A resurrection?

Hi all! It’s been a busy summer with the move and just general summer fun with our family and friends. Things are slightly winding down so I’d like to start posting again with a small goal of 1-2 posts a week.

In the past I’ve posted not only about our lives but also some of my parenting ‘wisdom’.

If there’s a parenting topic you’d like to see a post on, let me know!

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Co-sleeping – my lifesaver

Good morning everyone! Today I wanted to write about co-sleeping, aka how I survived baby Lucy.

Before having kids, I was one of those people who insisted my baby would sleep in a crib in her own room. The funny part is, nobody corrected me or suggested it may not go that way. My mom and I went shopping and bought a lovely crib and dresser set. I set up my nursery, it was perfect.

Can you guess how many times that crib has been slept in? Zero. Yep, never. Lucy will be three in July and Odette is 7 months, and the most action that crib has seen is keeping a baby contained so I could shower.

So what changed? How did I go from a person who was sure my baby would sleep in her crib to a person who slept with my baby in the spare room every night for well over a year? There’s two main explanations; anxiety and exhaustion.

I had a surprising amount of anxiety with both of my babies as newborns. I’m that person who is constantly making sure they are still breathing. I never would have slept if I couldn’t hear them or feel them breathing next to me. So having them right next to me alleviated a lot of that. I felt more at ease and therefore we all slept better. H

Exhaustion was really the biggest factor. Lucy ate around the clock every 2 hours for more than a year. She like to take her time as well, which meant night feedings felt like forever. I can’t imagine what it would have been like if I had to physically get up out of bed to nurse her every two hours. At least having her in bed with me meant I had less work and a better chance of falling asleep easily.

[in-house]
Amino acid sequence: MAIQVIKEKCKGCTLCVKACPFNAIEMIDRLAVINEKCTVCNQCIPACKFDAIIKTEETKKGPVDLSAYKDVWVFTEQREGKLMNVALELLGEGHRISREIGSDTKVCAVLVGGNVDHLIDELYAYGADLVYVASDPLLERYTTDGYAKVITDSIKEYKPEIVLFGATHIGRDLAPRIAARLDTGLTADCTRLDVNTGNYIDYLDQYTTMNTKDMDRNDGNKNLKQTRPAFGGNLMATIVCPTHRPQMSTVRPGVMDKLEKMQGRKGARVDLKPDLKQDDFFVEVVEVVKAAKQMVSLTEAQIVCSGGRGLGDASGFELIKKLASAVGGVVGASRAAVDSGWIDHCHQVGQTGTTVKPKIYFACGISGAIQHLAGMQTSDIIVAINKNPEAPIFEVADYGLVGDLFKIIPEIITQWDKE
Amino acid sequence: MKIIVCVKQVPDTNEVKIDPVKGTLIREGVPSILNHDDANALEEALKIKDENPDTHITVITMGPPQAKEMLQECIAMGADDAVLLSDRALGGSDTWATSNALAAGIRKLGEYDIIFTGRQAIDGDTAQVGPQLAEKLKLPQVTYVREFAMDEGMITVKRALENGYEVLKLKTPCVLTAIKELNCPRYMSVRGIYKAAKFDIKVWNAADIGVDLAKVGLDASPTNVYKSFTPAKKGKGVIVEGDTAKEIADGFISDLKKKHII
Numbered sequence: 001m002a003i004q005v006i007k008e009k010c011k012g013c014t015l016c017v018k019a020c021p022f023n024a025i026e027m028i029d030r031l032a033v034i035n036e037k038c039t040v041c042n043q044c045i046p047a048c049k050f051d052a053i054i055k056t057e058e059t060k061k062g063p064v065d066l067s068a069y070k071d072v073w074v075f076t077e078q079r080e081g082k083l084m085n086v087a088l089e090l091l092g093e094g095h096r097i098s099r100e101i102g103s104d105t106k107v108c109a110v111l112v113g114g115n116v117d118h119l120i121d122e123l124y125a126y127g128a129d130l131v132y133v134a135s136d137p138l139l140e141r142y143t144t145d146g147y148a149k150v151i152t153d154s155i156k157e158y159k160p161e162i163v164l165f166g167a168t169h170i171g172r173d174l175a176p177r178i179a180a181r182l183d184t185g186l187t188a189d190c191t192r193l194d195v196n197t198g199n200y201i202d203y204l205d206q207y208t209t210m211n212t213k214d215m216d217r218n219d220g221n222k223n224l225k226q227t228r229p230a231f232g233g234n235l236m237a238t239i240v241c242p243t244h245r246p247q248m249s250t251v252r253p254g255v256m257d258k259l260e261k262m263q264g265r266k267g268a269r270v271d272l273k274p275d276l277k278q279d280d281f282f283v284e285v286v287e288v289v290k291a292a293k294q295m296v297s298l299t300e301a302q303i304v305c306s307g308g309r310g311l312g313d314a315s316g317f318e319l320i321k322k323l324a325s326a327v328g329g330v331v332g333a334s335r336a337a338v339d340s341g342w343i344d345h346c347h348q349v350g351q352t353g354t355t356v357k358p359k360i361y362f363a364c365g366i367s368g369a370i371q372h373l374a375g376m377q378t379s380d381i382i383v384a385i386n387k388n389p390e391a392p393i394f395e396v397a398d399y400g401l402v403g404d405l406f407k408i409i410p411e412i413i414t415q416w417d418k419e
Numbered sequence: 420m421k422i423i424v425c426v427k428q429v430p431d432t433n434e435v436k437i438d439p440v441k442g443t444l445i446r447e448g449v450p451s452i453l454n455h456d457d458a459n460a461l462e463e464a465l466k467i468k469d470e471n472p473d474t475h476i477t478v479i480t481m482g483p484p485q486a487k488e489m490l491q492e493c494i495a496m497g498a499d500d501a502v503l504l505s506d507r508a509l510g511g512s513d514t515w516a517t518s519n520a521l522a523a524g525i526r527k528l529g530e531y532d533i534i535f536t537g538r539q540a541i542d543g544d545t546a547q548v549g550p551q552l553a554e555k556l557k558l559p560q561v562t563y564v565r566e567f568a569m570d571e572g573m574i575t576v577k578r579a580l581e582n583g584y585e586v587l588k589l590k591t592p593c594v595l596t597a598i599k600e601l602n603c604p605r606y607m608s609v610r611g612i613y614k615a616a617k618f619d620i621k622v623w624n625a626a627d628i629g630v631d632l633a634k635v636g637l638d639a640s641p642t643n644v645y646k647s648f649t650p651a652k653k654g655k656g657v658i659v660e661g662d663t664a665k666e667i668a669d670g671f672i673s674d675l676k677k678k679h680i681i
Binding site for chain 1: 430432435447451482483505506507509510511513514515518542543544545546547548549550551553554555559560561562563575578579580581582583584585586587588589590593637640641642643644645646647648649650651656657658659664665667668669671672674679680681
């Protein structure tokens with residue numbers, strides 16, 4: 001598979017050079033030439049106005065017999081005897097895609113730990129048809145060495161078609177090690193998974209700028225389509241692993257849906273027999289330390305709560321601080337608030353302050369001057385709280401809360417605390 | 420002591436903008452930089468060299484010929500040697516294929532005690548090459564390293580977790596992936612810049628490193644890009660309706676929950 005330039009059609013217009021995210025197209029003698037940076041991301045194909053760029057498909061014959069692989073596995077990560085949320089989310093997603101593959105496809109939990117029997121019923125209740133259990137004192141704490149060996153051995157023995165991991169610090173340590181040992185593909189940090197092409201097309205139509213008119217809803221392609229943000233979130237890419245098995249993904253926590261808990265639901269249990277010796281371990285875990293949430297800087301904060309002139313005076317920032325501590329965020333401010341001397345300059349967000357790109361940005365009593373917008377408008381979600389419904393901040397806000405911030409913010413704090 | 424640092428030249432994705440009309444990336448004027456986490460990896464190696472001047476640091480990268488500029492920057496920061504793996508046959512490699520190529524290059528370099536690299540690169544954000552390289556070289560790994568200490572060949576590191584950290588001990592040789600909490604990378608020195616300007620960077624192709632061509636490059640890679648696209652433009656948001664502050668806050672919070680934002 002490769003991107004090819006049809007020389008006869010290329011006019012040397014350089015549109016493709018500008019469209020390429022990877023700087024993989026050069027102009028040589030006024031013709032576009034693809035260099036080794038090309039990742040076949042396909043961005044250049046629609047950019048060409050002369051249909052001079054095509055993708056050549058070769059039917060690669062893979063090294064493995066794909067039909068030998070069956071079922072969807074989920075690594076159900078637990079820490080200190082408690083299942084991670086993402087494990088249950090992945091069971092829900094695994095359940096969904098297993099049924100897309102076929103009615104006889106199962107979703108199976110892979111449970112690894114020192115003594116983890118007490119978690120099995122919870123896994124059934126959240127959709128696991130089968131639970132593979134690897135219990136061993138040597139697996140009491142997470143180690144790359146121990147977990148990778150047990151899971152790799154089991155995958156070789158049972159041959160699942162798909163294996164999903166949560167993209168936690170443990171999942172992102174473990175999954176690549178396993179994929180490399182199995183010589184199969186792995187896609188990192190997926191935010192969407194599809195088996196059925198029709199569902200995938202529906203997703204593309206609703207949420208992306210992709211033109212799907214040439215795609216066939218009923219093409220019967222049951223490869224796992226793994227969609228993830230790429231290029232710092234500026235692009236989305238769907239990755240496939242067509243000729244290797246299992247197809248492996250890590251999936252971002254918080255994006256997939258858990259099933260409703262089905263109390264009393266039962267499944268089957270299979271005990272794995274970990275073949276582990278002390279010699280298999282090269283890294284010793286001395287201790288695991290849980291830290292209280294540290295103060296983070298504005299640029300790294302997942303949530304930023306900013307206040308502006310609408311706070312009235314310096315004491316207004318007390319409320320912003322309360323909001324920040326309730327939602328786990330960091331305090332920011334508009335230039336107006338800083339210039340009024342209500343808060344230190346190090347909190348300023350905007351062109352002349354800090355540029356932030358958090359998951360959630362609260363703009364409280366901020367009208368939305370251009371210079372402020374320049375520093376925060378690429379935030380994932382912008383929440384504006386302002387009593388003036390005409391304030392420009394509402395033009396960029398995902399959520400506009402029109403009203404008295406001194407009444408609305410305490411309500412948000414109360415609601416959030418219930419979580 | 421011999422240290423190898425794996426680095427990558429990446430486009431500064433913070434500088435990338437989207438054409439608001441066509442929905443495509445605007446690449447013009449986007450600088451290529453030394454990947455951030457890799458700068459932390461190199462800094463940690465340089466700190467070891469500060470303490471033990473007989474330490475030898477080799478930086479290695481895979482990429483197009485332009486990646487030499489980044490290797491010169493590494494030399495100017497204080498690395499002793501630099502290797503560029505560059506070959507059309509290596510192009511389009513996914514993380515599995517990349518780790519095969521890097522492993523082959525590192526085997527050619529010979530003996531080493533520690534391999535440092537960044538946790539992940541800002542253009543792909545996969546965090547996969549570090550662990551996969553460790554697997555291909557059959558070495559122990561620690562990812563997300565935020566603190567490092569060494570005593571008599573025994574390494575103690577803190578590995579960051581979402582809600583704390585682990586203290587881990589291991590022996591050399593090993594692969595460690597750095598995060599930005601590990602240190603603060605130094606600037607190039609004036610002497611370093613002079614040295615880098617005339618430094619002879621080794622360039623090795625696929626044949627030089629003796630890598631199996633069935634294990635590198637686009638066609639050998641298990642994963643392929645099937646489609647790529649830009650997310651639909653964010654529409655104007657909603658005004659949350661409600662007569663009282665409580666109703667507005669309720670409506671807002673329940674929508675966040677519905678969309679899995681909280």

Odette is a much better sleeper. She will wake to nurse and be back to bed very quickly. She doesn’t require as much snuggle as Lucy did and actually pulls away from me in the night. But I still enjoy co-sleeping with her for as long as she will let me. I love hearing her breathe and I know all to well how fast time passes and they grow up.

Co-sleeping is of course a very contentious topic. Doctors suggest in no uncertain terms that babies should sleep in a crib flat on their back. Many articles make it seem like you’re child is sure to die if you don’t follow the strict sleep rules laid out these days. What this leads to in my mind is exhausted parents…which in turn leads to things like falling asleep while nursing your baby, in a way that’s maybe not safe. In my mind, if you plan to co-sleep you’ve at least come up with a safe way to do it. If you don’t end up co-sleeping that’s cool, but you’ll at least be prepared if it goes that way.

My set up currently is a crib side-car on our bed. Now honestly it’s rare that Odette actually ends up on the crib mattress, but it prevents the chance of her falling out of bed, and just gives us all a bit more space. It works well for us and I’ll take all of the snuggles I can get.

Do your research and decide what is the best set up for you, but know that if you do choose to co-sleep, you’re not alone.

Almost there…

As most of you know, my silence these days is caused by the joy of moving. Now, moving usually is something that doesn’t bother me, Dave and I have done it numerous times in the seven years we’ve been together. Moving with two kids is a whole new experience. It’s pretty much hell.